The Chaos Report: For Clues on the Healthcare Bill, Watch the Insurers!

And the rest of the day’s politics news in one hasty reversal.

So What Are Insurance Companies Up To?

We always say: watch the insurance companies for the best hint of what’s going to happen with health care. And with the Senate developing its health care bill in near complete secrecy, that seems like even more prudent advice right now. So what are health insurers doing? Not much of anything. At least not publicly. And that tells us a lot.

Where are the ads in support of retaining major Obamacare provisions that benefit them? They stand to lose many customers and government subsidies. Health insurers haven’t been shy about publicly slamming government before, or attacking with waves of TV ads. But not this time.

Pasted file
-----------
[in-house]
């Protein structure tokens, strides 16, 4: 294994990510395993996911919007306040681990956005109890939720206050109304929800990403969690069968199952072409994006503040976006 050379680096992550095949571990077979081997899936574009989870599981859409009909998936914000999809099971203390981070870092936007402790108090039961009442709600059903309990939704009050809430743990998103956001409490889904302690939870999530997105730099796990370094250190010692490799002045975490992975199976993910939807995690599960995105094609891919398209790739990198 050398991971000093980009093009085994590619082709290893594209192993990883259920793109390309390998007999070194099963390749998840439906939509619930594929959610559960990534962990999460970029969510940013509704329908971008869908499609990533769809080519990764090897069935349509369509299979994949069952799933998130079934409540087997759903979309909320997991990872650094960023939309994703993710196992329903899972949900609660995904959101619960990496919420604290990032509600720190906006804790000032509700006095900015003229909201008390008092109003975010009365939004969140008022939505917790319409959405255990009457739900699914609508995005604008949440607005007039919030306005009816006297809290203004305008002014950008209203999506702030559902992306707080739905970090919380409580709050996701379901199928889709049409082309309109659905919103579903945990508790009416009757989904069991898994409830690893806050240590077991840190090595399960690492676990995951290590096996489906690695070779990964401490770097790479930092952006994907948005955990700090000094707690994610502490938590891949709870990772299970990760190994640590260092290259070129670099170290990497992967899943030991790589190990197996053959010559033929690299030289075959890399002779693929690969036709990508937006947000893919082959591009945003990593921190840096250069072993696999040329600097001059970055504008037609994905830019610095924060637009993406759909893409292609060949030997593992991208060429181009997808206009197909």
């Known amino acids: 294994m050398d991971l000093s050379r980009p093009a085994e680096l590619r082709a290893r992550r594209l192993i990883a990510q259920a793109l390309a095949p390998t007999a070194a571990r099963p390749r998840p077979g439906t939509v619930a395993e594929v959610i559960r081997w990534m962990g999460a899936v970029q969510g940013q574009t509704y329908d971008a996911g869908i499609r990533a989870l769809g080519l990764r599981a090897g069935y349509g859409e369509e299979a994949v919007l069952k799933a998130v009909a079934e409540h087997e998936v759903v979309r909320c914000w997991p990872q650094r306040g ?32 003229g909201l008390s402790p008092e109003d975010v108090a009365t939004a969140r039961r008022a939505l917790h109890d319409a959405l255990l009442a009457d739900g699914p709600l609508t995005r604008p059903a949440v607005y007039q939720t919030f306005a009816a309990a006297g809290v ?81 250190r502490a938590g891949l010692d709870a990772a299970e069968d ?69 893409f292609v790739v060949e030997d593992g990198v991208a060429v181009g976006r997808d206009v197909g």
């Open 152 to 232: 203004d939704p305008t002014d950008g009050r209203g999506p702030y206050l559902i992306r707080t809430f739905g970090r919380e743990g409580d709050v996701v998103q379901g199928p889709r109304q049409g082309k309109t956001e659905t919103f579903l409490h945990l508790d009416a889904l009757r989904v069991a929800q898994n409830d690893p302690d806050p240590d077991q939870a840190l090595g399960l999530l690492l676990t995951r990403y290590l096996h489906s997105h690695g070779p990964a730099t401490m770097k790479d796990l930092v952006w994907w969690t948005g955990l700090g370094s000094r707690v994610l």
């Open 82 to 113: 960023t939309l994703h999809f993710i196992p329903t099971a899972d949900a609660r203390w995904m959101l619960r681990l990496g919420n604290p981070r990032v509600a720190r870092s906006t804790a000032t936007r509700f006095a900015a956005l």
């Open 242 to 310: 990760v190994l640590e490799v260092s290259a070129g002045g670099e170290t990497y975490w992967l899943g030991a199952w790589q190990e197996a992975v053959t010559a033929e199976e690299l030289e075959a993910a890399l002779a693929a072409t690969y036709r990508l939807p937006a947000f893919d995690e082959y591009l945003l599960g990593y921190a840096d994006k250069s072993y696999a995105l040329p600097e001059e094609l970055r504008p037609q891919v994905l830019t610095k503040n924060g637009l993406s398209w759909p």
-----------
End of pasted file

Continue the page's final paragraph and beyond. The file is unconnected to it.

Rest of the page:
And let’s not forget, Obamacare did a couple of big favors for health insurers:

The “individual mandate” gave them new customers who were required by law to buy private insurance. That will almost certainly be gone from any Republican plan.

It allowed them to put virtually every new person who signed up into a managed care plan, which health insurers like because they make it easier to control costs, but patients don’t tend to like because they can’t see whatever doctor they want and often have to get referrals for everything.

Vox has an extensive examination of the reasons behind health insurers inaction. We think it’s even simpler than they’re making it: